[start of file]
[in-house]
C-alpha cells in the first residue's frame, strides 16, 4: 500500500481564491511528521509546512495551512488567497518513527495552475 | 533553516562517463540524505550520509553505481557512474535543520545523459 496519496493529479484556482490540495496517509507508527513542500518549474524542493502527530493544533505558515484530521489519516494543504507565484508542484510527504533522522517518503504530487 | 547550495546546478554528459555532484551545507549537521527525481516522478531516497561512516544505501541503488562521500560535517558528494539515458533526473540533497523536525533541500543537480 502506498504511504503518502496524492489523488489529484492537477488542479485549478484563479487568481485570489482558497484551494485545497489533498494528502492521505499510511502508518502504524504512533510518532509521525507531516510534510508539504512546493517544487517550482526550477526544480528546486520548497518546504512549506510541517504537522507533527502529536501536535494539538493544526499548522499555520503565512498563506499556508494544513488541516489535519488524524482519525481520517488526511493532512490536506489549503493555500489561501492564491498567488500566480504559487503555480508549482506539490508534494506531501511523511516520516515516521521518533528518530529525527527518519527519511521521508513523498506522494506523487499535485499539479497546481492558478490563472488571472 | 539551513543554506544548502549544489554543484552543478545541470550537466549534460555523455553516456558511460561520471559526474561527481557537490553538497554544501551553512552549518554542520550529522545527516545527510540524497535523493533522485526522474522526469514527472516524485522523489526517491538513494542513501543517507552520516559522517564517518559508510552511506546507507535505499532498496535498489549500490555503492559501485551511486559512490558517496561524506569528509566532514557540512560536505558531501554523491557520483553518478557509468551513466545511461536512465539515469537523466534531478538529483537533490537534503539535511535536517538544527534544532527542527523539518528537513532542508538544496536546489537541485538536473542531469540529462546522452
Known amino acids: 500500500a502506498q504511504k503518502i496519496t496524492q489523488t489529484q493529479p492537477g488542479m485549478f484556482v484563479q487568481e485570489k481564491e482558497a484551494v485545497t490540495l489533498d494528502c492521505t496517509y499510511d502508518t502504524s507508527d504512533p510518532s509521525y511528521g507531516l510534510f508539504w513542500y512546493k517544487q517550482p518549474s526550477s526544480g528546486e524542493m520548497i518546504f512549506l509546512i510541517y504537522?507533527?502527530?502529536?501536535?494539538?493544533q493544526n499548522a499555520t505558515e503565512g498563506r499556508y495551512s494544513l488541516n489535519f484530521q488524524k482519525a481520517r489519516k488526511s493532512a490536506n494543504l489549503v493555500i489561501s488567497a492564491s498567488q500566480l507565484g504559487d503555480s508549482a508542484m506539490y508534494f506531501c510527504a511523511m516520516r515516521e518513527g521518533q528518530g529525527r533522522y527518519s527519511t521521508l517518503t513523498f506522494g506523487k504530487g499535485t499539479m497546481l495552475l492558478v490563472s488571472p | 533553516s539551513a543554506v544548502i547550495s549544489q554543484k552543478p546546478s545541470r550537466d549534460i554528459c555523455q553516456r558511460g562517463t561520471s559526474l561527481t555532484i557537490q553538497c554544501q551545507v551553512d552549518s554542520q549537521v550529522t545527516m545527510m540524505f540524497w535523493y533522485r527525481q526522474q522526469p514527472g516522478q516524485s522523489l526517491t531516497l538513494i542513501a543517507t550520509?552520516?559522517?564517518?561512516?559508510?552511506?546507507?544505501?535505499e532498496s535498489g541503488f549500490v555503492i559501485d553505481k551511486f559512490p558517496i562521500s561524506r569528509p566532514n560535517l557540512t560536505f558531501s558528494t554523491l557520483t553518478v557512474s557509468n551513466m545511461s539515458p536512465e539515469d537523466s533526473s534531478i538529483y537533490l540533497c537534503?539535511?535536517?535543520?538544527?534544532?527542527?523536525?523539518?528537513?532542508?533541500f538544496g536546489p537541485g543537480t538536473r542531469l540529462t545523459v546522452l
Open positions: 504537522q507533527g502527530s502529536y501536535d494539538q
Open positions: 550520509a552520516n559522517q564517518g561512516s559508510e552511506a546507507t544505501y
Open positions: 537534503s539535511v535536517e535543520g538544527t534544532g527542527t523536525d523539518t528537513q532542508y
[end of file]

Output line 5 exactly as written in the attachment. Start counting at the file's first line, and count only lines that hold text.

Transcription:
Open positions: 550520509a552520516n559522517q564517518g561512516s559508510e552511506a546507507t544505501y